On a rather momentous day in January 2008, Apple stunned everyone with what was undoubtedly the world’s thinnest laptop at the time. The then CEO of Apple, the late Steve Jobs, pulled out the MacBook Air from inside a manila envelope during the keynote. It measured 0.76-inch at its thickest point and 0.16-inch at the thinnest. “We’ve built the world’s thinnest notebook—without sacrificing a full-size keyboard or a full-size 13-inch display,” Steve Jobs had said at the time.
In many ways, Apple Inc. has stuck to the legacy set by Jobs, and has refused to redesign or make any wholesale changes to the MacBook Air, in the 10-years since. The ultra-slim unibody aluminium design, the metal build and the no compromise combination of performance and battery life. The temptation must have been strong, with the constantly updated rivals including the Dell XPS, the Microsoft Surface devices and more.
Perhaps Apple leaned a tad too much towards retaining the old world charm and holding on to the nostalgia. As things stand, the MacBook Air still is stuck to a fairly old Intel processor and the display resolution hasn’t been changed either. Now, finally, it may be time to give the MacBook Air a generous dose of modernity, simply because the consumers are demanding it. Ever since the iPad Pro arrived on the scene a few years ago, with the 12.9-inch and 10.5-inch screen sizes, there have been fairly exaggerated reports of the MacBook Air’s demise. The iPad Pro, with the Smart Keyboard, was supposed to usher in the next frontier of mobile computing, which moved beyond laptops. While the iPad has carved its own niche, the MacBook Air is still very much around. More so because the price makes it the ideal entry point to the MacBook and macOS line-ups, and if you walk into a store selling these and stand around for a bit, you’ll probably see more of these being sold than any other MacBook. In India, depending on the deal you can snare, you’ll be able to get one of these for around Rs 60,000 for a 128GB SSD variant, which is more than enough power.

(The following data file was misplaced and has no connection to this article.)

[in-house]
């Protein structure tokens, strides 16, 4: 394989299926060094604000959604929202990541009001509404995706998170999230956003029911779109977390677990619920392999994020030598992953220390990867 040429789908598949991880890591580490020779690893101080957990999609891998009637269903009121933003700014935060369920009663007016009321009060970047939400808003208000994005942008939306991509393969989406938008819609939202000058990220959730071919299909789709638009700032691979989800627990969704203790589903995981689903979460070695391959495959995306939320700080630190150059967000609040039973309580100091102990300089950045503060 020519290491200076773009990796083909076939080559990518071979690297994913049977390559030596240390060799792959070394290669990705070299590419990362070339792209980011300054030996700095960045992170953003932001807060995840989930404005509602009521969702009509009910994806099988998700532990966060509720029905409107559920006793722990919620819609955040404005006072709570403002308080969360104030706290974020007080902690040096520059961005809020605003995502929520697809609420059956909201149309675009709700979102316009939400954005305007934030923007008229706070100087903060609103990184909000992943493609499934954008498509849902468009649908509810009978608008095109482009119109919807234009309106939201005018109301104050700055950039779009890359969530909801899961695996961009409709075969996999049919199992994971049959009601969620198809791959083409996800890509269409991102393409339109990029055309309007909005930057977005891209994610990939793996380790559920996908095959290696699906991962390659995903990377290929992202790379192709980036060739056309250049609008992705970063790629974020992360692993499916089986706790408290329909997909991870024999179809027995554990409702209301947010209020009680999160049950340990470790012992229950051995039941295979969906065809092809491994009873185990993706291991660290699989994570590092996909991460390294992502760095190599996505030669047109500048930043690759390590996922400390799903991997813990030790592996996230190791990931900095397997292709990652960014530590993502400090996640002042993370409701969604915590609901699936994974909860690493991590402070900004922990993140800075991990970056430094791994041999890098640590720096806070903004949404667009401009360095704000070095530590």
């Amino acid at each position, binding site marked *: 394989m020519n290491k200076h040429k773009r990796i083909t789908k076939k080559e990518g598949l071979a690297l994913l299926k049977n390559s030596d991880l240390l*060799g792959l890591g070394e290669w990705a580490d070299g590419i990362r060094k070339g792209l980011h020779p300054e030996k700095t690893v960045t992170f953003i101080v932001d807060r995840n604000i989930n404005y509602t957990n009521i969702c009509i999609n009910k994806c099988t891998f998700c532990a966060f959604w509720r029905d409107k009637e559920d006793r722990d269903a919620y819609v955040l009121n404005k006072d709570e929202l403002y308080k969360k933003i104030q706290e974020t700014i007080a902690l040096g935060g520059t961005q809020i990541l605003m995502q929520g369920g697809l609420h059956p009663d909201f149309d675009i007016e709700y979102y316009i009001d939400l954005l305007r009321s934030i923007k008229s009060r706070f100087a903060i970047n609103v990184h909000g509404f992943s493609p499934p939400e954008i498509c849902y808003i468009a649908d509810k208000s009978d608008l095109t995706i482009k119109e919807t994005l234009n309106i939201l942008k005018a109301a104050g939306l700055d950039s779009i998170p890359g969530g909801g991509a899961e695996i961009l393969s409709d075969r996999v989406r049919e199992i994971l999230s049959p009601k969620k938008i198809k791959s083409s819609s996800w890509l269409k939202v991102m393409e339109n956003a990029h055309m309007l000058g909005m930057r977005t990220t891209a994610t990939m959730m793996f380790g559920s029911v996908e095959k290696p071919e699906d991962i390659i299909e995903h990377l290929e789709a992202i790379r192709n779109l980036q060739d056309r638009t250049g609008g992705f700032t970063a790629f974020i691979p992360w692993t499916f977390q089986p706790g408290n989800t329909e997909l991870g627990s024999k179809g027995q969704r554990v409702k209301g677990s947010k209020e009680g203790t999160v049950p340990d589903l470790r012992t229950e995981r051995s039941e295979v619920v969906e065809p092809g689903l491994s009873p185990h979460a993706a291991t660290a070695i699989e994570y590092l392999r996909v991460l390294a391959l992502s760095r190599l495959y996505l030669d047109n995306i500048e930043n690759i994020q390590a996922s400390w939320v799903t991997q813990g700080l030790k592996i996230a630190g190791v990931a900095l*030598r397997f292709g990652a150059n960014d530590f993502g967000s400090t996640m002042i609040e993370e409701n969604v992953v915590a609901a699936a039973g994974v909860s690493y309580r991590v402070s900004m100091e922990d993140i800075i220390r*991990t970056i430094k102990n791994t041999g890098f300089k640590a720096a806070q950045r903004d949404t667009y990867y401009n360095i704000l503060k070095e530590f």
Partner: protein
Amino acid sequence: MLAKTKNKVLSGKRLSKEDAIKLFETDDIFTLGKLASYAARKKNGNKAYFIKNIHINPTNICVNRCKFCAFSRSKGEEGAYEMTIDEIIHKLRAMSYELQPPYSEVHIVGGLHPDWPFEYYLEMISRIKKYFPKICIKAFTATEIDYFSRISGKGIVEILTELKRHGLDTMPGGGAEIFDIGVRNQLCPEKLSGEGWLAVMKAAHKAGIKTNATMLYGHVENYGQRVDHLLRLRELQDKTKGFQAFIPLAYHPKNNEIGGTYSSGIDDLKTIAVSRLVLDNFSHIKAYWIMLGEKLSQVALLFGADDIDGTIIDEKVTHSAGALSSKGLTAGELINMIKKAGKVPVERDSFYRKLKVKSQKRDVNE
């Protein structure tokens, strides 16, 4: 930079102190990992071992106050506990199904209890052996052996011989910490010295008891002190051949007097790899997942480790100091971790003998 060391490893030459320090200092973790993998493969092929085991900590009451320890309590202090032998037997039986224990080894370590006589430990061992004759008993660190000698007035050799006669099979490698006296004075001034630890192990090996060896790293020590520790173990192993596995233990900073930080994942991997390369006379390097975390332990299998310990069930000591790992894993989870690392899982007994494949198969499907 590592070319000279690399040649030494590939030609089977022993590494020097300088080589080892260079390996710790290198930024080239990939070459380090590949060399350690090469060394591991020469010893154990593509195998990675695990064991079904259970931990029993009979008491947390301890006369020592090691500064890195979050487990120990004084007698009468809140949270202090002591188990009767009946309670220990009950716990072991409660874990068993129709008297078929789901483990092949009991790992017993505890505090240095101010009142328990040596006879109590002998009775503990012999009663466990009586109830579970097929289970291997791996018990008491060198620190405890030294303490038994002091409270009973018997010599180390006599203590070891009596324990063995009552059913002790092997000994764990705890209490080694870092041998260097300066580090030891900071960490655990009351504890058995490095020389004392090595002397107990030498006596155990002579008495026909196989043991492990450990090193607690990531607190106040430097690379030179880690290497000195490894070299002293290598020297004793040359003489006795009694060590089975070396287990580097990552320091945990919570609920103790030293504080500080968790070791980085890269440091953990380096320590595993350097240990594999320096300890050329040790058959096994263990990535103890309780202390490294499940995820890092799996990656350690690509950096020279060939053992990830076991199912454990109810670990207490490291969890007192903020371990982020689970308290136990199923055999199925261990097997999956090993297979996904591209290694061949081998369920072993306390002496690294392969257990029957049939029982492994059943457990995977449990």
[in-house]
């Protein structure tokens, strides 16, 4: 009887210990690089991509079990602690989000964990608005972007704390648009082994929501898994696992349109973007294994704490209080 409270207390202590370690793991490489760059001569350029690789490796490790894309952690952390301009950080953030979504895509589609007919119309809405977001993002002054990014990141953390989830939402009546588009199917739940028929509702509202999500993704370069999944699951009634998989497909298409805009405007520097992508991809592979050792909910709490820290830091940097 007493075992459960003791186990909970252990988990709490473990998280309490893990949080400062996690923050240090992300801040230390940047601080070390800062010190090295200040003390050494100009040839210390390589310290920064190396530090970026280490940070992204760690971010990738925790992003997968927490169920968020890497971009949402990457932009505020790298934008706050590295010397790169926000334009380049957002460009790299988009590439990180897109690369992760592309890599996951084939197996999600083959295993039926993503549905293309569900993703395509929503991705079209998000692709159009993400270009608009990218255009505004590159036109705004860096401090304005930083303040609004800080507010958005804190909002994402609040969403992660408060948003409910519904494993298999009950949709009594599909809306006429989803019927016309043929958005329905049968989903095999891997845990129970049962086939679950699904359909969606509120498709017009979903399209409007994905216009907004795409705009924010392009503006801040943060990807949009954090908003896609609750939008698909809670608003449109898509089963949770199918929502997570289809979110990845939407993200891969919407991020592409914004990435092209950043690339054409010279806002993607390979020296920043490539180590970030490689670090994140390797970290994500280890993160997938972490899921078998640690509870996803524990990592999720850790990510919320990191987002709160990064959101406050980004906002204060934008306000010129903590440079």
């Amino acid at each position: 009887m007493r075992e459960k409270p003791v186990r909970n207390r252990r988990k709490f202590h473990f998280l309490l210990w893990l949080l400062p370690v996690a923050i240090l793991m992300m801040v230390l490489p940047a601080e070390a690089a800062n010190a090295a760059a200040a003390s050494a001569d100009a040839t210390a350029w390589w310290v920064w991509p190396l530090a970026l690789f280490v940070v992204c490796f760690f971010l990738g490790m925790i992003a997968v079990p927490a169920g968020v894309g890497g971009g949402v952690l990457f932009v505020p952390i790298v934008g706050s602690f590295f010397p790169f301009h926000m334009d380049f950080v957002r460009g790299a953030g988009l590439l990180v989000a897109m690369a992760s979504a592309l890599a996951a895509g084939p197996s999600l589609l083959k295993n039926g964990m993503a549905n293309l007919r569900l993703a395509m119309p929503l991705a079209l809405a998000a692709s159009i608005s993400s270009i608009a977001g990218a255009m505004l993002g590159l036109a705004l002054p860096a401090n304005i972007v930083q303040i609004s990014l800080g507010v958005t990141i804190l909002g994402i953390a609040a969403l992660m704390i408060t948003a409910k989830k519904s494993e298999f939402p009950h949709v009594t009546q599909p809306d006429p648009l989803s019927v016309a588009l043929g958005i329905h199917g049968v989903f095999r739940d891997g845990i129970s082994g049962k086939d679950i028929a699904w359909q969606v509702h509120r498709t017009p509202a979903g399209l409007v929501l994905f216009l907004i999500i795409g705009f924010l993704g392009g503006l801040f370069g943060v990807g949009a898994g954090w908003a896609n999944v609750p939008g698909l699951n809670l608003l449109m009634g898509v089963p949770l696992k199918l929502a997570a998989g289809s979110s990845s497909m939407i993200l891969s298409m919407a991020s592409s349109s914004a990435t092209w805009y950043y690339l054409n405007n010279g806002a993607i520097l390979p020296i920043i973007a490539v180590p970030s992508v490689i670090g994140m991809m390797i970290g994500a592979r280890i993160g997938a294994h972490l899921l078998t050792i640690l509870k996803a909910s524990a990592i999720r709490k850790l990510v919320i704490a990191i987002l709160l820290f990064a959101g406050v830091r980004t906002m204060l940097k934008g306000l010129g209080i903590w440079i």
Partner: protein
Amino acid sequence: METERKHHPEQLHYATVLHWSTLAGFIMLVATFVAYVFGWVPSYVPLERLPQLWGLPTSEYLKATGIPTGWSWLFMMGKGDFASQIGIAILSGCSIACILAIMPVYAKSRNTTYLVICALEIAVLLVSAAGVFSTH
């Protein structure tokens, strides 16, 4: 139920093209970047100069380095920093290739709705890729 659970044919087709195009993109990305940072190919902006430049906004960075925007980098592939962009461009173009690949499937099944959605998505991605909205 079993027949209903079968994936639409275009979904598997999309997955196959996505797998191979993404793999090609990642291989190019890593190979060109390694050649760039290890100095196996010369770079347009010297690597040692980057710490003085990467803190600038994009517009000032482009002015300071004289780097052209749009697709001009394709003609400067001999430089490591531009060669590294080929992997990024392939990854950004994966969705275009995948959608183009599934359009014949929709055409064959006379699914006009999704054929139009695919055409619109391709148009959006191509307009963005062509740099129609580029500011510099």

It is expected that Apple will update the MacBook Air this time around. Could this be the “one more thing” that Apple always keeps up its sleeve at the iPhone keynotes? If it is, the timing would be perfect. Intel has just announced the Amber Lake and Whiskey Lake chips (you’ll probably hear about these as the U-series or Y-series chips) for laptops, which can squeeze out as much as 16-hours of battery life, apart from faster connectivity and more grunt under the hood.
Then there is the question of the display. The 13-inch MacBook Air has what is perhaps the ideal screen size in a laptop. But Apple could instead use the 12-inch display seen in the MacBook to further shave off the inches from the MacBook Air, and redefine slim and light laptops. It is very unlikely that Apple will retain the same design that we have seen for the last 10-years, because if a refresh is lined up, Apple would probably go the whole distance and give it a new design too. Something inspired by the MacBook perhaps?
A $900 (around Rs 60,000) MacBook Air is what we hope for. And come to think of it, could a MacBook Air at this price actually spell bad news for its elder sibling, the MacBook? For the MacBook (Rs1,04,800 onwards) is priced far too close to the MacBook Pro variants (which are significantly more powerful, and also priced Rs1,04,900 onwards) but offers the sort of performance that you would expect a MacBook Air to offer for around Rs60,000.